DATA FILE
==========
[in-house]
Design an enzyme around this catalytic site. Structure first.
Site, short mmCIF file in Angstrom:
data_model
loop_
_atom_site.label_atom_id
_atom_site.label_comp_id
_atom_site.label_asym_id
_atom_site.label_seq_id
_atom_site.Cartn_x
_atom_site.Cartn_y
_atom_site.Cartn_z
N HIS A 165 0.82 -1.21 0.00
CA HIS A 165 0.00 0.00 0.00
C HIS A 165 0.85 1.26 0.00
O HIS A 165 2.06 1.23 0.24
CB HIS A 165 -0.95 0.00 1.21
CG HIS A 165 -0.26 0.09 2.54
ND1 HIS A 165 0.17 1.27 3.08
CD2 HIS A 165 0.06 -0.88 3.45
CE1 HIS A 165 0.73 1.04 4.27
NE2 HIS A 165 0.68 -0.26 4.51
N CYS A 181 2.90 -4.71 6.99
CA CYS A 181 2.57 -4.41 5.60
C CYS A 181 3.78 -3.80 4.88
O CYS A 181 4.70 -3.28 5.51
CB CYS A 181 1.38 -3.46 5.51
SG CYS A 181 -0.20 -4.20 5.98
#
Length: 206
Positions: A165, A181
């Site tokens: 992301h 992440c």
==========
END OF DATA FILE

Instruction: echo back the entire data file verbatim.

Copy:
[in-house]
Design an enzyme around this catalytic site. Structure first.
Site, short mmCIF file in Angstrom:
data_model
loop_
_atom_site.label_atom_id
_atom_site.label_comp_id
_atom_site.label_asym_id
_atom_site.label_seq_id
_atom_site.Cartn_x
_atom_site.Cartn_y
_atom_site.Cartn_z
N HIS A 165 0.82 -1.21 0.00
CA HIS A 165 0.00 0.00 0.00
C HIS A 165 0.85 1.26 0.00
O HIS A 165 2.06 1.23 0.24
CB HIS A 165 -0.95 0.00 1.21
CG HIS A 165 -0.26 0.09 2.54
ND1 HIS A 165 0.17 1.27 3.08
CD2 HIS A 165 0.06 -0.88 3.45
CE1 HIS A 165 0.73 1.04 4.27
NE2 HIS A 165 0.68 -0.26 4.51
N CYS A 181 2.90 -4.71 6.99
CA CYS A 181 2.57 -4.41 5.60
C CYS A 181 3.78 -3.80 4.88
O CYS A 181 4.70 -3.28 5.51
CB CYS A 181 1.38 -3.46 5.51
SG CYS A 181 -0.20 -4.20 5.98
#
Length: 206
Positions: A165, A181
């Site tokens: 992301h 992440c």